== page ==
Last month we wrote a post in which we discussed how roughly 14 percent of all traumatic brain injuries in the U.S. are suffered in motor vehicle accidents. While the initial financial burdens associated with medical care and lost wages are often discussed, damage suffered to the brain is permanent and these types of serious injuries impact every facet of an individual's life.
Cognitive impairments, memory problems, and sleep disturbances are just a few of the adverse symptoms with which TBI sufferers must learn to live. Additionally, changes in behavior, personality, and emotional responses are common after a TBI and such changes can be extremely difficult for both an individual and his or her family members to cope with.
In some cases, personality changes can be significant and result in a previously outgoing, happy and easygoing person being transformed into a reclusive, depressed, and anxious one. Indeed, a head injury can impact areas of the brain that control impulses and emotions, and the effects of these changes are often negative in nature.
For example, many TBI sufferers appear to lack empathy and become more very self-centered. Aggression is also frequently experienced and exhibited by brain injury survivors who may become easily frustrated and angered. Likewise, symptoms associated with depression and anxiety often manifest after a TBI and such symptoms are often exacerbated when an individual realizes that things that were previously easy are now a struggle.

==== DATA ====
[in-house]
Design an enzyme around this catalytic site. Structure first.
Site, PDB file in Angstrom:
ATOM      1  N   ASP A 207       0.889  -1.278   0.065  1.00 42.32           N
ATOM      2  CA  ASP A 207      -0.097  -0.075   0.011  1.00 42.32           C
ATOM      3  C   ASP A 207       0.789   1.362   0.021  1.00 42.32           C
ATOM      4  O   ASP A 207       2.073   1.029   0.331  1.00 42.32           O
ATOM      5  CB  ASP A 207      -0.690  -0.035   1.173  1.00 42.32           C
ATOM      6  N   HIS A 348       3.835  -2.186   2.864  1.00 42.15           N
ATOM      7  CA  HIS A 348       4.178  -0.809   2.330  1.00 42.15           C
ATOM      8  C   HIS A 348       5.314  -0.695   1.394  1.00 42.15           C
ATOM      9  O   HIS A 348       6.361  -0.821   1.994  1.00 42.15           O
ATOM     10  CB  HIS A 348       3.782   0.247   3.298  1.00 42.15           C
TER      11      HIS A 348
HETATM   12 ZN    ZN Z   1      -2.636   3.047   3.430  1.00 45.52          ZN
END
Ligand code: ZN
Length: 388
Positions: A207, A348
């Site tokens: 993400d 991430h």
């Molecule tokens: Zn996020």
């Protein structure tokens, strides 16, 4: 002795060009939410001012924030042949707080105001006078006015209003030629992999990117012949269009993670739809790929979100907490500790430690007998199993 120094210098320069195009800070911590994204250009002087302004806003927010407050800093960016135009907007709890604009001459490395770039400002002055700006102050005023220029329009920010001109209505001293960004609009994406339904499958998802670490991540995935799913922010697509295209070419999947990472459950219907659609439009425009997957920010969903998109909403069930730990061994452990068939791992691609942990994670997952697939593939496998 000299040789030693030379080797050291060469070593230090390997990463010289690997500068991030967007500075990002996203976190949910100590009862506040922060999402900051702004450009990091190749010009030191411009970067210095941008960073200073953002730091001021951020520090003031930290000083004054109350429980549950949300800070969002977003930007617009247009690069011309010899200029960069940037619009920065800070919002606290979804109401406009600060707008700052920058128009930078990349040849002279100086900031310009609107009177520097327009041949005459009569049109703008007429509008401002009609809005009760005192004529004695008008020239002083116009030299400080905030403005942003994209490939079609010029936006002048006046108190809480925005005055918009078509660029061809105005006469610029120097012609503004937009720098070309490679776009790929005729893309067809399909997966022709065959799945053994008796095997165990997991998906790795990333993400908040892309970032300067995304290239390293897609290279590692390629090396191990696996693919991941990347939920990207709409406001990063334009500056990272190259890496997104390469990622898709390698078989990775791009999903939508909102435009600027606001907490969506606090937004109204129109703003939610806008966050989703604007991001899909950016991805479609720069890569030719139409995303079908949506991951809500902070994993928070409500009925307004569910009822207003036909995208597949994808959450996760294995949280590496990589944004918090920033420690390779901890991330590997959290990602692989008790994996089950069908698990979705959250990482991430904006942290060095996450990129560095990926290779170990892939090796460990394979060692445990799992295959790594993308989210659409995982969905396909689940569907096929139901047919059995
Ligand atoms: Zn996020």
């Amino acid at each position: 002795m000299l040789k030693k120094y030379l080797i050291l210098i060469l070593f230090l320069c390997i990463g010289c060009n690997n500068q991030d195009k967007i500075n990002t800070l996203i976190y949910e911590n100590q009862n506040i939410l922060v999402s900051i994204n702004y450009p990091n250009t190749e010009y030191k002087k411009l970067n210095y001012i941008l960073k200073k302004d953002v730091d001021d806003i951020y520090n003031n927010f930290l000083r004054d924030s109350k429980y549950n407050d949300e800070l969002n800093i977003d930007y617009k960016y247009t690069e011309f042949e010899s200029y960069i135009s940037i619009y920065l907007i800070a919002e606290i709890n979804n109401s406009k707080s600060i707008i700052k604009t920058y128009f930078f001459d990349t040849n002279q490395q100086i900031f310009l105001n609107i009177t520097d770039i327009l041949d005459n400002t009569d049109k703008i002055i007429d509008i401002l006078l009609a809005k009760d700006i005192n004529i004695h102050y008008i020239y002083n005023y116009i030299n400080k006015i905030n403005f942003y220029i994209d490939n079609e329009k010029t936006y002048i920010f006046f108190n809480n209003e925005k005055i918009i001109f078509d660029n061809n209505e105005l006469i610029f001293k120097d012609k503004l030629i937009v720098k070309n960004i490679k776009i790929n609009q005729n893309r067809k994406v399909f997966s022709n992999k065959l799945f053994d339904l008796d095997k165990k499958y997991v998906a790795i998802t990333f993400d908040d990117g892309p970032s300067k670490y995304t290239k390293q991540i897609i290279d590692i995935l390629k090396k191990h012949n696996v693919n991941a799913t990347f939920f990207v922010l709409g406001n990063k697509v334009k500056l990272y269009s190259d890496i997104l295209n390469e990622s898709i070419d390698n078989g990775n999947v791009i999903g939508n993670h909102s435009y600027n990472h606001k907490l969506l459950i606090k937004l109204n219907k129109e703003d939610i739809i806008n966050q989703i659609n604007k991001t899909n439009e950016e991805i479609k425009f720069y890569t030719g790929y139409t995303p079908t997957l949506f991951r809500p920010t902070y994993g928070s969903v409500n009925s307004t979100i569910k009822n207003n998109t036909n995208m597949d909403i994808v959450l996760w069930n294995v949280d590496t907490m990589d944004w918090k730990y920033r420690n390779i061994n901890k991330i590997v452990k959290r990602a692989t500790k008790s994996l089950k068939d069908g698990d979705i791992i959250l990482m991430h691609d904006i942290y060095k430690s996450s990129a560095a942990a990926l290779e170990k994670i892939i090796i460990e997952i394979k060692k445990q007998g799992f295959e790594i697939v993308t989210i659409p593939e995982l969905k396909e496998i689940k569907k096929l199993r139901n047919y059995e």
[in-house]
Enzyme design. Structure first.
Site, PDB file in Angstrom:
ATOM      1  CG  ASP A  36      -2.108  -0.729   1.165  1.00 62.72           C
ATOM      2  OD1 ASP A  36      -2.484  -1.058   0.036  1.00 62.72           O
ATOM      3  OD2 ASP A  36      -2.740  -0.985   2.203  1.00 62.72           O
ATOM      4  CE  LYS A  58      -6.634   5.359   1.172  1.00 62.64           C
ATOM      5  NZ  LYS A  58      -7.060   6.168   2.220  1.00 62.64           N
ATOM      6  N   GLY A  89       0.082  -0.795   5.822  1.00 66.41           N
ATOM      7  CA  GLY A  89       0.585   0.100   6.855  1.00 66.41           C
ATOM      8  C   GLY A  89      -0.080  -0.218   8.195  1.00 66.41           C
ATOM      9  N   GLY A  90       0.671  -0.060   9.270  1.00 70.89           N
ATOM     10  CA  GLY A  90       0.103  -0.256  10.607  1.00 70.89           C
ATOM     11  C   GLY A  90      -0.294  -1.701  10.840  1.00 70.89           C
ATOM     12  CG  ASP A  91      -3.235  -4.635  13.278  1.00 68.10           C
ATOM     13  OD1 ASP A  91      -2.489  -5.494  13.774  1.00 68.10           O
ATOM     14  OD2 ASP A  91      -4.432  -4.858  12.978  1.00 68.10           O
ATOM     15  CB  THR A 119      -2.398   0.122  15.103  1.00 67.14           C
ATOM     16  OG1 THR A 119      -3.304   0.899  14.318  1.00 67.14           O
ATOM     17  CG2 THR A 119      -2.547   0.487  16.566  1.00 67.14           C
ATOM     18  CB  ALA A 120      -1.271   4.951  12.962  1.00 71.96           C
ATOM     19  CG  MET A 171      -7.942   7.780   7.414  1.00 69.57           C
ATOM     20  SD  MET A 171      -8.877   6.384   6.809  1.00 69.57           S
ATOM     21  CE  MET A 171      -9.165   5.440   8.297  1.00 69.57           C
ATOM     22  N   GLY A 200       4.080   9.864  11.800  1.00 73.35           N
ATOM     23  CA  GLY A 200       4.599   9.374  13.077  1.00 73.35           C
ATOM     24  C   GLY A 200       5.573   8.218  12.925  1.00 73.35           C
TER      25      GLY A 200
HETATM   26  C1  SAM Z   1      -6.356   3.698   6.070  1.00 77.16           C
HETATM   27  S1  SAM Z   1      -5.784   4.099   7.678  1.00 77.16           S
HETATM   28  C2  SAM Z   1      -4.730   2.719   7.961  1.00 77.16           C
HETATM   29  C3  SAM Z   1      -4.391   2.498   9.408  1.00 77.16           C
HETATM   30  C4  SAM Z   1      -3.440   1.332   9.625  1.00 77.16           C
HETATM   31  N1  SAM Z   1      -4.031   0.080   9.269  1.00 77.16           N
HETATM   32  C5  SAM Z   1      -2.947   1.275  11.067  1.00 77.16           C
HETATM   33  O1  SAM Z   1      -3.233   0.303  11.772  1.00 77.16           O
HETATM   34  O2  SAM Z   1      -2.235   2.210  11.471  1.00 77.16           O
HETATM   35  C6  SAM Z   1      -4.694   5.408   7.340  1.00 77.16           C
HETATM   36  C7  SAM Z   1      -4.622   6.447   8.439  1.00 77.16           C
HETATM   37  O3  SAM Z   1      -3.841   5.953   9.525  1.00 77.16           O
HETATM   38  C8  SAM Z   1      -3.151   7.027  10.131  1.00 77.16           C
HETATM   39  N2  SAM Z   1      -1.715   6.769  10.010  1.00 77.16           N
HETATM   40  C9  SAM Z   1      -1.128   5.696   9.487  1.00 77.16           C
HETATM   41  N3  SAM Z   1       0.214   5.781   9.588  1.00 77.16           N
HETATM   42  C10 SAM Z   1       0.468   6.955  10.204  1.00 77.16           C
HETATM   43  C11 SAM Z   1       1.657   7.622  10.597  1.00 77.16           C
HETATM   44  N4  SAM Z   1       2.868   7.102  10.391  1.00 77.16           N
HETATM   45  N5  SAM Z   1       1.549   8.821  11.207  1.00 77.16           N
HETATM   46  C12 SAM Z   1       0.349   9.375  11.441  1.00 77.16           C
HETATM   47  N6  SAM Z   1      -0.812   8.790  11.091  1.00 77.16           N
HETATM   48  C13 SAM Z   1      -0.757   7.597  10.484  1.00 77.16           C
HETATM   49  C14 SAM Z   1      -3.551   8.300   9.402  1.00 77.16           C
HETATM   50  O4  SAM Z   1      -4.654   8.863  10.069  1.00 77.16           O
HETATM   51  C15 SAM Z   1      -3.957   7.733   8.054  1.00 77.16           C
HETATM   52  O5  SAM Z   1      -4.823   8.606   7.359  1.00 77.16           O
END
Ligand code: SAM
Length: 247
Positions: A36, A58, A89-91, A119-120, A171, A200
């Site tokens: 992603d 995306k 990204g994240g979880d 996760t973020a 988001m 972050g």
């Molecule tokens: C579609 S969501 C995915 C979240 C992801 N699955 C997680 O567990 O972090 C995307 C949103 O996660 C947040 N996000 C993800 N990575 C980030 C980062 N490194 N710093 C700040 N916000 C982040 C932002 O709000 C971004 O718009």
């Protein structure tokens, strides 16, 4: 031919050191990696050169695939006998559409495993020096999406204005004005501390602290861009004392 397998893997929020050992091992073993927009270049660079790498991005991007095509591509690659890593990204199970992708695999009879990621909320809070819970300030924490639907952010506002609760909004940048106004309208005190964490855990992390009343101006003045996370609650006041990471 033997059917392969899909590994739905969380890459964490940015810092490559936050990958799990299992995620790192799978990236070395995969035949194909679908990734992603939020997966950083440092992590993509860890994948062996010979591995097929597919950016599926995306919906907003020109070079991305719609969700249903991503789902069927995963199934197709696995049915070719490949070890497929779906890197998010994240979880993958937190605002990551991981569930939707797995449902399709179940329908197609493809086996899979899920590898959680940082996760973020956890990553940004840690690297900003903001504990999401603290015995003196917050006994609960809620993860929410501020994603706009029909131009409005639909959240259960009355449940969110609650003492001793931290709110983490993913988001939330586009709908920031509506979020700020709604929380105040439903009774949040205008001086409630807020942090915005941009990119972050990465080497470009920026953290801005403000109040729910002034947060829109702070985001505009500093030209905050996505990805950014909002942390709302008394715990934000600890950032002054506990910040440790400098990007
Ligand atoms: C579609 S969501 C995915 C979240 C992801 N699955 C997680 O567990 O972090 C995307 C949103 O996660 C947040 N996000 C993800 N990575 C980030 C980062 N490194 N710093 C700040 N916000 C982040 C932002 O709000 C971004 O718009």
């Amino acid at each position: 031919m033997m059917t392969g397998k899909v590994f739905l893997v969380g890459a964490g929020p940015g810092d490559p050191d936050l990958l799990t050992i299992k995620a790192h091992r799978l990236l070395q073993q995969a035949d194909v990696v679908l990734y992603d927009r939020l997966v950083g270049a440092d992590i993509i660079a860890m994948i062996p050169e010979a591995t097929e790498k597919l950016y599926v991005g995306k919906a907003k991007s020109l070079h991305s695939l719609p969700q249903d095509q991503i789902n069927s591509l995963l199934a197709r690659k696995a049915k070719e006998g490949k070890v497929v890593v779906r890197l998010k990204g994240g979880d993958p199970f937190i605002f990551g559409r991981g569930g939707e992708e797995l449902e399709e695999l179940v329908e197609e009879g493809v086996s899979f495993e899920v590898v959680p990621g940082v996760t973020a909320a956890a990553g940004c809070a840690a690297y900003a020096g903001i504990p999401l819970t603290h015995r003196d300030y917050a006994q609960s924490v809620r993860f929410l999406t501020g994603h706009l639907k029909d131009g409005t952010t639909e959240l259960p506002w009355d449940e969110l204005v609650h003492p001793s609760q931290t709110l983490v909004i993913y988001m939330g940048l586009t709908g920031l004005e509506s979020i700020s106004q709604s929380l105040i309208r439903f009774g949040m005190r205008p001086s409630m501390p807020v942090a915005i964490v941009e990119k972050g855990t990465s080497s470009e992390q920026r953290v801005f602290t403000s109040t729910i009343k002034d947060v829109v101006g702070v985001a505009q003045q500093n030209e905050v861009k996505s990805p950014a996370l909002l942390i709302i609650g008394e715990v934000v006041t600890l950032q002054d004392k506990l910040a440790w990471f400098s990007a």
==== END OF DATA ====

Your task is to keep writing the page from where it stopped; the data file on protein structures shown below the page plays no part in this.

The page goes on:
Injuries suffered in car or truck accidents can permanently and negatively impact an individual's life in numerous ways. While the side effects of some injuries may not ever heal, compensation recovered in a lawsuit can help an individual and his or her family members obtain the best possible care and restore hope for a brighter future.
Source: Family Caregiver Alliance, "Coping with Behavior Problems after Head Injury," July 17, 2015